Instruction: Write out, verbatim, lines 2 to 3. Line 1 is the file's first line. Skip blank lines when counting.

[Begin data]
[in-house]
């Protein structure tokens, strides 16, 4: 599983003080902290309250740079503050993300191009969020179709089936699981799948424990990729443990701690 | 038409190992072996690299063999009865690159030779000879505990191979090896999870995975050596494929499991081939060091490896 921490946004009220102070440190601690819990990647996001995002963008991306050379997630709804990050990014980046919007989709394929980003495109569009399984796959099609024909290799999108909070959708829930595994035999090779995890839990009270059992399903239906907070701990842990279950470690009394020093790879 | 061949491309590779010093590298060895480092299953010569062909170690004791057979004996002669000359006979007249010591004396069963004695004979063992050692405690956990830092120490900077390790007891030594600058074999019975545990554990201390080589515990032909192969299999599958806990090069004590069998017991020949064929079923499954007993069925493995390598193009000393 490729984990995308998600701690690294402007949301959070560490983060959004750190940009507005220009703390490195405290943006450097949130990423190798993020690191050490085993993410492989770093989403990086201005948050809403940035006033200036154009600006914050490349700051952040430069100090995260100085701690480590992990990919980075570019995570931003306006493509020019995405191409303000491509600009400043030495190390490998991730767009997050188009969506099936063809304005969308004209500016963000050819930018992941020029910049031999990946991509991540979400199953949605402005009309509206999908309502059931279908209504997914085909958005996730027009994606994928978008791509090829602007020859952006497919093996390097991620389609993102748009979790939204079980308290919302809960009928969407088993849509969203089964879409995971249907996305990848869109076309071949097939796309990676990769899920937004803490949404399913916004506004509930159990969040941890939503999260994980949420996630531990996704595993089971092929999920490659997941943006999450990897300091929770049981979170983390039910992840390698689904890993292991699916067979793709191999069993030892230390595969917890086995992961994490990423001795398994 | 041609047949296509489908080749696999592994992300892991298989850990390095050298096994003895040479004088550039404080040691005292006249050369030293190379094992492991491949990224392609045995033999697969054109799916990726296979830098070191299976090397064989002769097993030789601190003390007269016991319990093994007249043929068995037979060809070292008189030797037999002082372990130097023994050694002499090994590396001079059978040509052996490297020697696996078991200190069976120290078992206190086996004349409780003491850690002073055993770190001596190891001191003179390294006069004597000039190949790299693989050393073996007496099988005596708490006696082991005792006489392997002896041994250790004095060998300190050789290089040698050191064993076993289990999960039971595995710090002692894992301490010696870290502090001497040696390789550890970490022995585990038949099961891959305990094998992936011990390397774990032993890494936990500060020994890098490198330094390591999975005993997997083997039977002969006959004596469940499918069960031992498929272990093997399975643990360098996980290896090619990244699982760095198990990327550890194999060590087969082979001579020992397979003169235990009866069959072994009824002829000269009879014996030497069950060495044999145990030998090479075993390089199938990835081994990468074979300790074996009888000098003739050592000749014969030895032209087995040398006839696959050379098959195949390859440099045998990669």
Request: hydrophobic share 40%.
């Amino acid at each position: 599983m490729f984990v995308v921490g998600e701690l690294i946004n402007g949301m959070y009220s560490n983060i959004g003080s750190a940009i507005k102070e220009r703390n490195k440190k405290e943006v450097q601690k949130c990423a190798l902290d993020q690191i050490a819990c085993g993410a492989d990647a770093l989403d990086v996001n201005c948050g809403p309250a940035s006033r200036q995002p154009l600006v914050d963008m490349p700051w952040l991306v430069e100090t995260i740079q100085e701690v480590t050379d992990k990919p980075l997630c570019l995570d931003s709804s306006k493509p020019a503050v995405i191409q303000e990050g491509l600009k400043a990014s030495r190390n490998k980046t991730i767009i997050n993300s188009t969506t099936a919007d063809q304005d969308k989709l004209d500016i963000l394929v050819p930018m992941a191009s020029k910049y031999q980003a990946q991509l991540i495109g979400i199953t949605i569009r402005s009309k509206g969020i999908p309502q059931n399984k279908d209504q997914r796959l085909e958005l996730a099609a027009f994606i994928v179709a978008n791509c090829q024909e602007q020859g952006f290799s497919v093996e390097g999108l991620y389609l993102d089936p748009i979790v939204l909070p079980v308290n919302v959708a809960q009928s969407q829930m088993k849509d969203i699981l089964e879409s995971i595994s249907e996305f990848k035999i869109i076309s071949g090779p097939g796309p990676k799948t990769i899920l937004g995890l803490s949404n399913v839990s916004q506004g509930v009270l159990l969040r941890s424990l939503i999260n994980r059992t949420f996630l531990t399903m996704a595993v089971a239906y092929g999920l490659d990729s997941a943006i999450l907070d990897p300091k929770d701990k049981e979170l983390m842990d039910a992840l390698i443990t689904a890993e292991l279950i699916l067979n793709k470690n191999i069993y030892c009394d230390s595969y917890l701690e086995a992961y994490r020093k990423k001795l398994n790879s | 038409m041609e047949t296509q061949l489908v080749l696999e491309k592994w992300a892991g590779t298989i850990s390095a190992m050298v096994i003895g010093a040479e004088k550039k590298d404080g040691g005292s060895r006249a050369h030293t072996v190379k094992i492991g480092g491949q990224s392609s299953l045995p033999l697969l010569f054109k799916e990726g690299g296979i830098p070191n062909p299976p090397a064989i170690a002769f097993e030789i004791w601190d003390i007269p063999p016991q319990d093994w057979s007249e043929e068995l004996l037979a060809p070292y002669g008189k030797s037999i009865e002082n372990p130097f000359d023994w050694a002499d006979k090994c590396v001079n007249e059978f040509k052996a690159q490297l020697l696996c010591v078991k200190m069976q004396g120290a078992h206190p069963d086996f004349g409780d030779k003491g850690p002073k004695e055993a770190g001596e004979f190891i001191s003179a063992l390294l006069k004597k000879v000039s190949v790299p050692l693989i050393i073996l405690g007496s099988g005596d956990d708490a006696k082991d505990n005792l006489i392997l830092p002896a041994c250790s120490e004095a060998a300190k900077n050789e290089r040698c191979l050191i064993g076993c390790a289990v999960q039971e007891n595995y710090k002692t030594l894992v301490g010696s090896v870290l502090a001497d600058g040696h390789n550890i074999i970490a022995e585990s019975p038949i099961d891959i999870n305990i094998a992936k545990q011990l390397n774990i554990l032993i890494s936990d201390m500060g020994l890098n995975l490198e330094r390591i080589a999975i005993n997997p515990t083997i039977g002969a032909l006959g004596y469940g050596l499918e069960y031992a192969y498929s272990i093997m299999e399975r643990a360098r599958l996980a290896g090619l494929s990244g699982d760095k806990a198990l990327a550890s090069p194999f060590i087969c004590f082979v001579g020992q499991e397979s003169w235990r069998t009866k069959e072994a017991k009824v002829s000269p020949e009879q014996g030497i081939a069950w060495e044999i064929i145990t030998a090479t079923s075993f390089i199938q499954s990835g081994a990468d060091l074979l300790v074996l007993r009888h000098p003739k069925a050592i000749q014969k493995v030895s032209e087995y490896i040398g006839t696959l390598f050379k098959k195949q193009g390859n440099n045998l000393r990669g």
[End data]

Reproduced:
């Protein structure tokens, strides 16, 4: 599983003080902290309250740079503050993300191009969020179709089936699981799948424990990729443990701690 | 038409190992072996690299063999009865690159030779000879505990191979090896999870995975050596494929499991081939060091490896 921490946004009220102070440190601690819990990647996001995002963008991306050379997630709804990050990014980046919007989709394929980003495109569009399984796959099609024909290799999108909070959708829930595994035999090779995890839990009270059992399903239906907070701990842990279950470690009394020093790879 | 061949491309590779010093590298060895480092299953010569062909170690004791057979004996002669000359006979007249010591004396069963004695004979063992050692405690956990830092120490900077390790007891030594600058074999019975545990554990201390080589515990032909192969299999599958806990090069004590069998017991020949064929079923499954007993069925493995390598193009000393 490729984990995308998600701690690294402007949301959070560490983060959004750190940009507005220009703390490195405290943006450097949130990423190798993020690191050490085993993410492989770093989403990086201005948050809403940035006033200036154009600006914050490349700051952040430069100090995260100085701690480590992990990919980075570019995570931003306006493509020019995405191409303000491509600009400043030495190390490998991730767009997050188009969506099936063809304005969308004209500016963000050819930018992941020029910049031999990946991509991540979400199953949605402005009309509206999908309502059931279908209504997914085909958005996730027009994606994928978008791509090829602007020859952006497919093996390097991620389609993102748009979790939204079980308290919302809960009928969407088993849509969203089964879409995971249907996305990848869109076309071949097939796309990676990769899920937004803490949404399913916004506004509930159990969040941890939503999260994980949420996630531990996704595993089971092929999920490659997941943006999450990897300091929770049981979170983390039910992840390698689904890993292991699916067979793709191999069993030892230390595969917890086995992961994490990423001795398994 | 041609047949296509489908080749696999592994992300892991298989850990390095050298096994003895040479004088550039404080040691005292006249050369030293190379094992492991491949990224392609045995033999697969054109799916990726296979830098070191299976090397064989002769097993030789601190003390007269016991319990093994007249043929068995037979060809070292008189030797037999002082372990130097023994050694002499090994590396001079059978040509052996490297020697696996078991200190069976120290078992206190086996004349409780003491850690002073055993770190001596190891001191003179390294006069004597000039190949790299693989050393073996007496099988005596708490006696082991005792006489392997002896041994250790004095060998300190050789290089040698050191064993076993289990999960039971595995710090002692894992301490010696870290502090001497040696390789550890970490022995585990038949099961891959305990094998992936011990390397774990032993890494936990500060020994890098490198330094390591999975005993997997083997039977002969006959004596469940499918069960031992498929272990093997399975643990360098996980290896090619990244699982760095198990990327550890194999060590087969082979001579020992397979003169235990009866069959072994009824002829000269009879014996030497069950060495044999145990030998090479075993390089199938990835081994990468074979300790074996009888000098003739050592000749014969030895032209087995040398006839696959050379098959195949390859440099045998990669």
Request: hydrophobic share 40%.